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Needham, Sanger and Stephenson

With a prescience remarkable even by his standards, back in the 1920s Hopkins had persuaded a young student to give up medicine to work in biochemistry. The student was Joseph Needham and by 1931 he had published his three-volume work Chemical Embryology. In 1924 Needham married Dorothy Moyle, who had been recruited by Hopkins in 1919 to work on muscle biochemistry and substrate-level phosphorylation. As Moyle was elected a Fellow of the Royal Society in 1948, they became the first husband and wife to be so honoured, Needham having been elected in 1941. When three Chinese scientists came to work in the Department in 1937 and he fell in love with one of them, Lu Gwei-djen, it prompted Needham to master Classical Chinese to the extent that from 1942 to 1946 he was Director of the Sino-British Science Cooperation Office in Chongqing. Needham essentially devoted the rest of his life to revealing the history of Chinese science in all its aspects, which he complied in the 27 volumes of Science and Civilisation in China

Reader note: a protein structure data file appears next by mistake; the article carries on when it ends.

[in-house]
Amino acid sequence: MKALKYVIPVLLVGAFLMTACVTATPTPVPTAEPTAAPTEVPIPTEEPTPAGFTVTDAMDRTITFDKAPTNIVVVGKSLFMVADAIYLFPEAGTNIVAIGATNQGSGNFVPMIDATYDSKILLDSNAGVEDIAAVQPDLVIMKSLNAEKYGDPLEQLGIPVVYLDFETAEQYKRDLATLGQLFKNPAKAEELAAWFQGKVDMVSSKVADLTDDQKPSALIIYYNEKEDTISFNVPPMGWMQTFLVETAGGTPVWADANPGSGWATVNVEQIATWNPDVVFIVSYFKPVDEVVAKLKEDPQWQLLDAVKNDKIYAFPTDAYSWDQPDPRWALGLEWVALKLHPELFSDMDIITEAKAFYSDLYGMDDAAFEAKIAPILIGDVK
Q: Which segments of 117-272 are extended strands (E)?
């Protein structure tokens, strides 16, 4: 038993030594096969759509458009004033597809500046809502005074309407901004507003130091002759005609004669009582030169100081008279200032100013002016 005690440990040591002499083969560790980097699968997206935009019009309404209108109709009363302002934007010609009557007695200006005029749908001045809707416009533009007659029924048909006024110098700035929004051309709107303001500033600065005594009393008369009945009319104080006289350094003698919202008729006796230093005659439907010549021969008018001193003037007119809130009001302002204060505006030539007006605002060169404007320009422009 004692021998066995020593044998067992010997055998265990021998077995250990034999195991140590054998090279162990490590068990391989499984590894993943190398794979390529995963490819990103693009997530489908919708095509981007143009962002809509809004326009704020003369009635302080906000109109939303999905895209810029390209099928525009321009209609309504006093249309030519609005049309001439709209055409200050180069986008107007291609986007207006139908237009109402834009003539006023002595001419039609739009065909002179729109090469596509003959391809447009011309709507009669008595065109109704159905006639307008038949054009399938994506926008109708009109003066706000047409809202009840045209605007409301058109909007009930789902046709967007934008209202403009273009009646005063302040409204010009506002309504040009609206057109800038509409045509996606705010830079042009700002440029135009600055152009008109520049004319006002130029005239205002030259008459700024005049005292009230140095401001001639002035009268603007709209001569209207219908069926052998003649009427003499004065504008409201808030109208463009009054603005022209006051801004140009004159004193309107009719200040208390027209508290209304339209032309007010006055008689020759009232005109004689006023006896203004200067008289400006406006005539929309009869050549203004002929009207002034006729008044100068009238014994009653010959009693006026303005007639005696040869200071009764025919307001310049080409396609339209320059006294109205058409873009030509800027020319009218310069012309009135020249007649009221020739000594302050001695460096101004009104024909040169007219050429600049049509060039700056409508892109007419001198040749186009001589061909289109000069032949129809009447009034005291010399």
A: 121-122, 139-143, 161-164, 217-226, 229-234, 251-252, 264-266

In 1940 Frederick Sanger joined the Department on a Beit Memorial Fellowship. He won the 1958 Nobel Prize in Chemistry for obtaining the first sequence of a protein and, after moving to the MRC Laboratory of Molecular Biology, shared the 1980 Nobel Prize in Chemistry with Walter Gilbert for nucleic acid sequencing.

The plant biochemist Albert Charles Chibnall, who had worked in Jack Cecil Drummond's University College London laboratory, succeeded Hopkins as Sir William Dunn Professor in 1943.

In 1945 Marjory Stephenson became the first female Fellow of the Royal Society for her work on bacterial oxidation, at the same time as the X-ray crystallographer Kathleen Lonsdale. Stephenson's work on microbial metabolism was continued by Ernest Frederick Gale who became Professor of Chemical Microbiology in 1960 and remained a member of the Department until his retirement in 1981.

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M. Stephenson and Judith the dog outside the Sir William Dunn Institute of Biochemistry, c1930.